Matt is one of the founders of Standard Microgrid, and a former management consultant at Deloitte. He has a sophisticated investment model, and was able to raise millions of dollars of funding within the company's first three years. Standard Microgrid's next challenge was closing deals with energy ministries in different countries, and this is where Matt was stuck.
One day, instead of going into the conference center training rooms, we took over the patio at our hotel. Each founder had a chance to select a "dream team" from the other 15 Africa Prize startups to tackle their biggest head-scratcher. They'd think of a big problem that was a good fit for the strengths of the other startup founders in the program, and they'd have 2 hours of their time to dedicate to their challenge.
One caveat though. They had 15 minutes to describe the problem to their dream team, and then they'd have to stay silent for the next 1 hour 45 minutes, observing how their team worked. This forces the challenger to learn to delegate (with the help of canvas we designed to help in Solve for X delegation), and gives leeway to the team to do it their way while the challenger learns their mindset.
At first, the team brainstormed ideas and it was hard for Matt to stay quiet. He was sure so much of what he was hearing wouldn't work, and he didn't want to squander this chance. But he stayed silent, even though he kept making faces like a kid in school who wants to be excused to the restroom.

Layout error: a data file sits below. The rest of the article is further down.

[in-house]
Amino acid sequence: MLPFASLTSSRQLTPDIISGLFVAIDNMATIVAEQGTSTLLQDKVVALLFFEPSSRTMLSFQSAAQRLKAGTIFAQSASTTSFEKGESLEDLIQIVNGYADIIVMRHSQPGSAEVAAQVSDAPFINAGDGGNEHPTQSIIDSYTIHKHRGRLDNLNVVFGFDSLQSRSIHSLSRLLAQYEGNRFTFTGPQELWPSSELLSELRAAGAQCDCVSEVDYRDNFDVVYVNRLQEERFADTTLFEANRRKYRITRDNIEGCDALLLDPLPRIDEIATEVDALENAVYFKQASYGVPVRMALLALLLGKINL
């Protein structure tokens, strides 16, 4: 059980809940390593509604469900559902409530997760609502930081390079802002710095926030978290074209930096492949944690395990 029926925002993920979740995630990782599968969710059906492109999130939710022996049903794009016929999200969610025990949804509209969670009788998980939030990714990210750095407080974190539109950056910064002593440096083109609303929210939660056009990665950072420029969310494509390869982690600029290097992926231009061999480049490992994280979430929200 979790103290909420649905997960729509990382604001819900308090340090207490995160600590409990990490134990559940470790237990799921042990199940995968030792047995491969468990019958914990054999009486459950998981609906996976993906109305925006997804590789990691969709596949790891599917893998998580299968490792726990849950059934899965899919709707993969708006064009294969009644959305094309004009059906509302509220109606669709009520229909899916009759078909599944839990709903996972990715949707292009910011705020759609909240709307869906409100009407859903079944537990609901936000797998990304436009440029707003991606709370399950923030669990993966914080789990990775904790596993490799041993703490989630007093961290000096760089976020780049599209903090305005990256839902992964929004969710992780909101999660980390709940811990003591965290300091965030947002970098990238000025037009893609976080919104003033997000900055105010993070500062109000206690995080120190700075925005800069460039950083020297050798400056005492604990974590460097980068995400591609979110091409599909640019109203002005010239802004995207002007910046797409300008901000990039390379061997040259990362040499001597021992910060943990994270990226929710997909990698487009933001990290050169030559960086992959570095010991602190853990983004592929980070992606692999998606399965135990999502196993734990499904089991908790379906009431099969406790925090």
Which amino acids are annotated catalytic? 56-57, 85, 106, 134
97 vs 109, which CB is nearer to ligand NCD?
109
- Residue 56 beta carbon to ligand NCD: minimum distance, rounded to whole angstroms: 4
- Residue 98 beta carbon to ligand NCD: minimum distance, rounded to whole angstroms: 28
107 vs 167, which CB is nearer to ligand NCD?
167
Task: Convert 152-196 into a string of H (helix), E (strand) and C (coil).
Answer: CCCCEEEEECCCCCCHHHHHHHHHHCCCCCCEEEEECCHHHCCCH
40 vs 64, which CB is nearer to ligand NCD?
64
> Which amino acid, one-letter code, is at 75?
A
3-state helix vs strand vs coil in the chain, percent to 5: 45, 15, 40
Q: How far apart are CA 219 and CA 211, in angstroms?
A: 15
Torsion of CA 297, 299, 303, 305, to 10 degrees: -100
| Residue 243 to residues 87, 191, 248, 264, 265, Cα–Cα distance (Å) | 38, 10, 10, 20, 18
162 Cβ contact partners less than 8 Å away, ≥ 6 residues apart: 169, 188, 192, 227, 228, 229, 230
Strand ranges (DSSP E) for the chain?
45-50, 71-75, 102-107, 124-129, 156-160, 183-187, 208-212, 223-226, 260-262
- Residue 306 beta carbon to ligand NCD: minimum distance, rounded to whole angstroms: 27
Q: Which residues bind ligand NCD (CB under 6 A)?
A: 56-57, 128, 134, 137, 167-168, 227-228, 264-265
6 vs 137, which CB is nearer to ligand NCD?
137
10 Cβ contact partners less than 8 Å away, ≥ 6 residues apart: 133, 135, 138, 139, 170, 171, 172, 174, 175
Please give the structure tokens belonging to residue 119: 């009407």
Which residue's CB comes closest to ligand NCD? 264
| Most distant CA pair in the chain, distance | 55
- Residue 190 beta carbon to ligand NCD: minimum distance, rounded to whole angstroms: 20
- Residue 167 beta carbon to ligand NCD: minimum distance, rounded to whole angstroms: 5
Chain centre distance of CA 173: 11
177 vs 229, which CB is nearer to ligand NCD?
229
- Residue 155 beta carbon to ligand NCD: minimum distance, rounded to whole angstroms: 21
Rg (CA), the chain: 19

One of his dream team members had an SMS app for detecting prenatal problems in pregnant women. They didn't believe in Matt's approach to work with national governments because they'd found it was faster to work with local counties. They started to repurpose their sales and commission approach for Matt's energy business, even researched specific contacts and made some calls to start the ball rolling.
Self-directed learners hold a wealth of ideas to share about a problem. An off-the-cuff comment in a brainstorm is often enough to expose solutions, but some challenges need a diverse group to go deep.
Learners with low agency can be overwhelmed by the sheer onslaught of quick and fresh perspectives, but self-directed learners crave it. And they can more easily filter out what's not useful to them.
Hackathons are volunteer-driven technology building gatherings usually between 30 to 200 strangers gathering around a certain technology or social problem. Teams form around project ideas, and build them in a day or so. It's a race against the clock to find an idea, make prototype and to demonstrate it at the end of the event.